According to a recent report at Korea Bizwire, the budget phone industry in South Korea is booming. At the expense of the telecommunications giants in the country which reportedly are intermittently under suspension, the lesser-known companies are beginning to take over.
The Korea Telecommunications Operators Association released numbers earlier this month that point to the rise in new budget phone subscribers this year. Every month since February has seen a month-to-month gain in subscribers, starting in February with 69,096 subscribers, 87,000 in March, and 111,897 in April. For last month alone, the report shows, that means that approximately 3,730 people signed up for budget phones every day.
The suspensions for the major telecoms in South Korea come at the hands of the country's telecommunications regulating body. Reports show that it placed SK Telecom (News - Alert) and several other mobile carriers on a 45-day suspension that began in April and barred them from accepting new customers. This judgment came after the companies were found to have provided illegal phone subsidies.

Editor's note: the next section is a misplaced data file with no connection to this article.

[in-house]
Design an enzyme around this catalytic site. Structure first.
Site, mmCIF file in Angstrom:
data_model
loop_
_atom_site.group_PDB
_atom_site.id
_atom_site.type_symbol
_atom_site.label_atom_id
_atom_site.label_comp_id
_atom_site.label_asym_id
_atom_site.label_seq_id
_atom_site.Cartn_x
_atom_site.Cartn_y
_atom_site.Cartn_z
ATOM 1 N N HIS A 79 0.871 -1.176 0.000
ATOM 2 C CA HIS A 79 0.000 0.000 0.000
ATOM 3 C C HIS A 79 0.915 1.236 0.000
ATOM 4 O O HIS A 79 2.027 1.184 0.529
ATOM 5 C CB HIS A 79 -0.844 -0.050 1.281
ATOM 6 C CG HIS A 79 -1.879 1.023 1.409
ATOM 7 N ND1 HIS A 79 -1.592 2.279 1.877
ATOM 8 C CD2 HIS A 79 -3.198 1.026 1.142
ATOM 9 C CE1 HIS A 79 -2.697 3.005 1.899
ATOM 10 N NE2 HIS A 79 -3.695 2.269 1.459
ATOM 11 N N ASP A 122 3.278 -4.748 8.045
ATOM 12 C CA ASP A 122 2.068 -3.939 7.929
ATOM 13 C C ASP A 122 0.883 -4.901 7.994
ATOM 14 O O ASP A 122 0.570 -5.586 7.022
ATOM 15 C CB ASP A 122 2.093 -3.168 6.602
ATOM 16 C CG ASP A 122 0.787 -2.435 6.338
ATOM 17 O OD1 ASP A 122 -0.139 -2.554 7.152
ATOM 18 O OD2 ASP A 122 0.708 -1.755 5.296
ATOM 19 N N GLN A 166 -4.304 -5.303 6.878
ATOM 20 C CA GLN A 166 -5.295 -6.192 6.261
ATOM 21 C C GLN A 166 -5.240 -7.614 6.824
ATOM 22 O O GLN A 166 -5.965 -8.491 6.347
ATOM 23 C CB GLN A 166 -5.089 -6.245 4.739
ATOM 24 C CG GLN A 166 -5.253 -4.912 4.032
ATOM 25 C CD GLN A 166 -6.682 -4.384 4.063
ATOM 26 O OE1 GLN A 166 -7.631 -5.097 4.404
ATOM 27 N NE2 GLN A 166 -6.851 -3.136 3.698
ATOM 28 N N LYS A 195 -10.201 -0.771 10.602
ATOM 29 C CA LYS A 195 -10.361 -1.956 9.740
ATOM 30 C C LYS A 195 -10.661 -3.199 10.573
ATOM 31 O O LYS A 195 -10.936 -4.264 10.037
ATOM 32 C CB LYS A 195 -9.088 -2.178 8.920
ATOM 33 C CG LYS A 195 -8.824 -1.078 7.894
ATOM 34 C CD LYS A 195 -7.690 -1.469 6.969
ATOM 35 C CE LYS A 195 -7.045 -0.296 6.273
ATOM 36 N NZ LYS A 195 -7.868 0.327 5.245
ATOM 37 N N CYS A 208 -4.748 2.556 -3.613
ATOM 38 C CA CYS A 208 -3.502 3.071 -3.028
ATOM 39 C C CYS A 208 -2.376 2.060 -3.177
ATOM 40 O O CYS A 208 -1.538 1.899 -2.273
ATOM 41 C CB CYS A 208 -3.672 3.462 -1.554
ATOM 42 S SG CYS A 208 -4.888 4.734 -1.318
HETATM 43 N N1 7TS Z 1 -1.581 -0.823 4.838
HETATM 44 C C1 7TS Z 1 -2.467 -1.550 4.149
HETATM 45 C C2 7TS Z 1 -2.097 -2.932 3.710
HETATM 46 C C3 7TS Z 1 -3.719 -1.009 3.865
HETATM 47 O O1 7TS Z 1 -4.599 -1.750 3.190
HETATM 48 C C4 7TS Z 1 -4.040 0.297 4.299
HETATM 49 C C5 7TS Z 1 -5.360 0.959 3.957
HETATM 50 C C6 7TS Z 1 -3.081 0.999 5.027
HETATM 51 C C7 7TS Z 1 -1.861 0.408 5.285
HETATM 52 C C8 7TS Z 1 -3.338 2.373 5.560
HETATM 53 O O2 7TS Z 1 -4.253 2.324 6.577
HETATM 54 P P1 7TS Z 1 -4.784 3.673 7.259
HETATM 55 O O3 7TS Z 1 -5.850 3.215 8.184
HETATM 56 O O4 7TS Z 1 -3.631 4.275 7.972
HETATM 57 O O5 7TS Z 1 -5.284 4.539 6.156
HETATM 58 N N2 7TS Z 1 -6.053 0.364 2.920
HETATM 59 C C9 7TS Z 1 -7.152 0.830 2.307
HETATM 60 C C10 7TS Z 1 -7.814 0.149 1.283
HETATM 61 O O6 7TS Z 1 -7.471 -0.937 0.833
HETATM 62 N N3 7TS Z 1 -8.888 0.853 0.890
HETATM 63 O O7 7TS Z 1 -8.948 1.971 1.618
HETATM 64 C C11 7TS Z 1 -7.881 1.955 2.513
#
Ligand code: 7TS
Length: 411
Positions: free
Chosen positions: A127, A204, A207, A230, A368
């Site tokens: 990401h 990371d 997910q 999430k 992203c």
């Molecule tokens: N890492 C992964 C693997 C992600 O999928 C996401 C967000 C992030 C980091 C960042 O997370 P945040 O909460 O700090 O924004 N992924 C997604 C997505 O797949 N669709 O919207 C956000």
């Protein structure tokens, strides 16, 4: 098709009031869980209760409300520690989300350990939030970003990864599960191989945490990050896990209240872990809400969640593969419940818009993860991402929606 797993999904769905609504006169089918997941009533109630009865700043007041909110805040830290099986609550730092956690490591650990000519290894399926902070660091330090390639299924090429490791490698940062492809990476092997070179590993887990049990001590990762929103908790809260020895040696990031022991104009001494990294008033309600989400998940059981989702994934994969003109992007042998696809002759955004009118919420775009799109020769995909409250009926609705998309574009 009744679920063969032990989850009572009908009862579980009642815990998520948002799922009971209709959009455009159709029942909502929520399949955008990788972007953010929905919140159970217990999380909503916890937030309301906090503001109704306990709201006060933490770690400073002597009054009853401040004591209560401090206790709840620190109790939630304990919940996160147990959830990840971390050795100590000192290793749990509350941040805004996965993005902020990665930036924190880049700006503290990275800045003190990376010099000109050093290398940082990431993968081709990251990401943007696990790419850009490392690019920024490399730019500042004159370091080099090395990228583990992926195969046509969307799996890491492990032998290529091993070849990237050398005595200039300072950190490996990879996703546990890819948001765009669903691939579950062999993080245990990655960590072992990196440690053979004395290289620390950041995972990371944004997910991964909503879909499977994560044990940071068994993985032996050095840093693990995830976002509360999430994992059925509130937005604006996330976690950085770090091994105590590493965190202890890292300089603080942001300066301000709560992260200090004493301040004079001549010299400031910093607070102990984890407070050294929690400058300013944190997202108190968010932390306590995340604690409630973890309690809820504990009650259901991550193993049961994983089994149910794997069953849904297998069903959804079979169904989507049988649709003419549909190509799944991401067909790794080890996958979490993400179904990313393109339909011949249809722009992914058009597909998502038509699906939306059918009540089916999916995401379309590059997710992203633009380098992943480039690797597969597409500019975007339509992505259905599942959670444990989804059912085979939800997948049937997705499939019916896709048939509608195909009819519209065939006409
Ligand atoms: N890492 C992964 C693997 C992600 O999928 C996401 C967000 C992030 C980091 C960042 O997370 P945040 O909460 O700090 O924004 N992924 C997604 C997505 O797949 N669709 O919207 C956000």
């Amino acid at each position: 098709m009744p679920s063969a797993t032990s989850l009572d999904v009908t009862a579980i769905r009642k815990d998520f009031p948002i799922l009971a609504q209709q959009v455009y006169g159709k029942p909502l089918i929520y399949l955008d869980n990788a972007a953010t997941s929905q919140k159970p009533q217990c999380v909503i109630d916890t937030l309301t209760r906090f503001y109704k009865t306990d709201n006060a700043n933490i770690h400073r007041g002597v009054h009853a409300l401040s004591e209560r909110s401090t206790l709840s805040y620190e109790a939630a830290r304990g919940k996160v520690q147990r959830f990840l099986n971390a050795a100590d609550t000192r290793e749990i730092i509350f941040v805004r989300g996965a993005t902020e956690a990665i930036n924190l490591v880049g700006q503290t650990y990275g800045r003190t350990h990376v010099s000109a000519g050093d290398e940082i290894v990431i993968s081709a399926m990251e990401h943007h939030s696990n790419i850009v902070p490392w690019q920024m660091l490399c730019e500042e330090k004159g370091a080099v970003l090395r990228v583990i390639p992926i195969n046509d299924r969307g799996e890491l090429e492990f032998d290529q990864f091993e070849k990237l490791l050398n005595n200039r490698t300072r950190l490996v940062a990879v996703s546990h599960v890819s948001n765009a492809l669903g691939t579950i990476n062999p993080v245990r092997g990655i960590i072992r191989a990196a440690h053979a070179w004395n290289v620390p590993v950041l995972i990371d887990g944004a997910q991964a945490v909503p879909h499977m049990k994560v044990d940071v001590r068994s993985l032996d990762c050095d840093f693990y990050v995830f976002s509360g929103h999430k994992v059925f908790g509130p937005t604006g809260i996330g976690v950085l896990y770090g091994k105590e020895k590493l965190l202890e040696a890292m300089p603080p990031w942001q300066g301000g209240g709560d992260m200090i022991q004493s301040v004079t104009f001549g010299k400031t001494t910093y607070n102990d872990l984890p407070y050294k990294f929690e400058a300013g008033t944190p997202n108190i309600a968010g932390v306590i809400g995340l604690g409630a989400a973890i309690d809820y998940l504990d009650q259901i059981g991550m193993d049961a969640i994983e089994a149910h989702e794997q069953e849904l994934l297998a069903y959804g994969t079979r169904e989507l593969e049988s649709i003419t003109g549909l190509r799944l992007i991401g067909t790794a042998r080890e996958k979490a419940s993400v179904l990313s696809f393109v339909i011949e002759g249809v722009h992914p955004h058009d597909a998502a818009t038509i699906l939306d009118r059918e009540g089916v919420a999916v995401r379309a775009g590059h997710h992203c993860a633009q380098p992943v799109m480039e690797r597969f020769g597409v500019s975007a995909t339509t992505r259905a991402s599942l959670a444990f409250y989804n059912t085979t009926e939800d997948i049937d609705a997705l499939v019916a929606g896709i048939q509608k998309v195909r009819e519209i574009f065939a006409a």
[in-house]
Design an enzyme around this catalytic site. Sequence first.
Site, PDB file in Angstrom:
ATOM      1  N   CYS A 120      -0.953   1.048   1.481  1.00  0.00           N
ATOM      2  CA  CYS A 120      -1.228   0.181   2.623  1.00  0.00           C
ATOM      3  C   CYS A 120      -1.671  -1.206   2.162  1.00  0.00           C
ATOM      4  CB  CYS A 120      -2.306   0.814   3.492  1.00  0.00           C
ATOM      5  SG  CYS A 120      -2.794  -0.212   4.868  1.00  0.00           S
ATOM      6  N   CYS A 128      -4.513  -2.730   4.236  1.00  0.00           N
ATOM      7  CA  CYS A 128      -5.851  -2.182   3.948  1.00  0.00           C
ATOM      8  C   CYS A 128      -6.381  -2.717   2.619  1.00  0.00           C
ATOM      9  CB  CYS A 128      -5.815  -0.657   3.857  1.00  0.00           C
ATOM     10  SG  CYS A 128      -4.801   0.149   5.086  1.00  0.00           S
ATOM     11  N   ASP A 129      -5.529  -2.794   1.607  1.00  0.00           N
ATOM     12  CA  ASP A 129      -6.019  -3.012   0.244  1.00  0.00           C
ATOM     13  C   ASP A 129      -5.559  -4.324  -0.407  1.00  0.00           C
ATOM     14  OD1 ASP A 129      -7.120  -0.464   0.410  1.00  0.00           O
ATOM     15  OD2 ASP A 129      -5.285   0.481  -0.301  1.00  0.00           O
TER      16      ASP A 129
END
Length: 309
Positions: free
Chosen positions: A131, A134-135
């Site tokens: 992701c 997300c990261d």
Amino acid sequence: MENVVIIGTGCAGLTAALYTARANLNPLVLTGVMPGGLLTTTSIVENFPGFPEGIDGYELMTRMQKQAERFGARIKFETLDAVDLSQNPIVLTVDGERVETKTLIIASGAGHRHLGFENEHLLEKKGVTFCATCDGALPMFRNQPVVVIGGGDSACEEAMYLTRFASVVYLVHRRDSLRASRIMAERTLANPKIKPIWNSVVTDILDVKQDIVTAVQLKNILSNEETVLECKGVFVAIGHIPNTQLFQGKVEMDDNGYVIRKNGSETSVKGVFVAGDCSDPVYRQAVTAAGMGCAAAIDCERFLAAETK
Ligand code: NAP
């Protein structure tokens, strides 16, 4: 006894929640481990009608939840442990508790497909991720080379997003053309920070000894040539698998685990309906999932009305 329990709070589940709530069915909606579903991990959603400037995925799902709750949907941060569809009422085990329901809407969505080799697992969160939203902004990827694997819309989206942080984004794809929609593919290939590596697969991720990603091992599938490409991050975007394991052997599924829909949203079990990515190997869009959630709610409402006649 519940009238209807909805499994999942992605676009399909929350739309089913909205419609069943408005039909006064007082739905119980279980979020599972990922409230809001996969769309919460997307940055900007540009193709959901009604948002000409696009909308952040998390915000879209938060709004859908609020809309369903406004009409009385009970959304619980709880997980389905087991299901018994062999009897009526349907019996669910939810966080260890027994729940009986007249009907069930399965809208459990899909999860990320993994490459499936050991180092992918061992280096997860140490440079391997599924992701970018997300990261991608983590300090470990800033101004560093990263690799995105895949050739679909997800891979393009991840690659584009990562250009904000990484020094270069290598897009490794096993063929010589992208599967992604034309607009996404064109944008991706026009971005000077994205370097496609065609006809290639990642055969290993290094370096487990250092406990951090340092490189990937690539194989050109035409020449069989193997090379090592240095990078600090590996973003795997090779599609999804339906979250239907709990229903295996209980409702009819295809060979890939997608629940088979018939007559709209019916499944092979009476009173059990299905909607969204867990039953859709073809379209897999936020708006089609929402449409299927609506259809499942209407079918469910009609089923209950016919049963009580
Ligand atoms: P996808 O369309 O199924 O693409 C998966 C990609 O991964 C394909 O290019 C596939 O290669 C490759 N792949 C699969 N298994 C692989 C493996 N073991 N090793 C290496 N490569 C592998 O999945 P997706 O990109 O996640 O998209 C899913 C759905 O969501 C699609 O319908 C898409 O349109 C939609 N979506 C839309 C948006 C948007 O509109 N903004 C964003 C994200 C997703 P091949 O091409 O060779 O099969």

Notable budget phone carriers include Enex Telecom, CJ Hello Mobile, KCT, Free Telecom, and Prepia. They are all using tactics to draw the eyes of consumers in one way or another. Some are making their products more visually appealing so that they stand out on shelves that carry a range of other phones. Others are using subscriber deals to get their phones into customers' hands.
Some plans are reportedly up to 70 percent cheaper than what other major providers offer. The phones they provide are no longer always within the 2G and 3G tiers, either. They are competing with the giants by offering LTE (News - Alert)-capable phones including some smartphones, such as the Samsung Galaxy S5, that battle directly with the height of competition.
Possibly as a move to capitalize on its previous suspension, SK Telecom pursued selling the new Galaxy two weeks before Samsung (News - Alert)'s official global launch of the phone. The early release allowed the company to begin selling the phone in late March before suspension rules halted it from doing so in early April.
Edited by Rory J. Thompson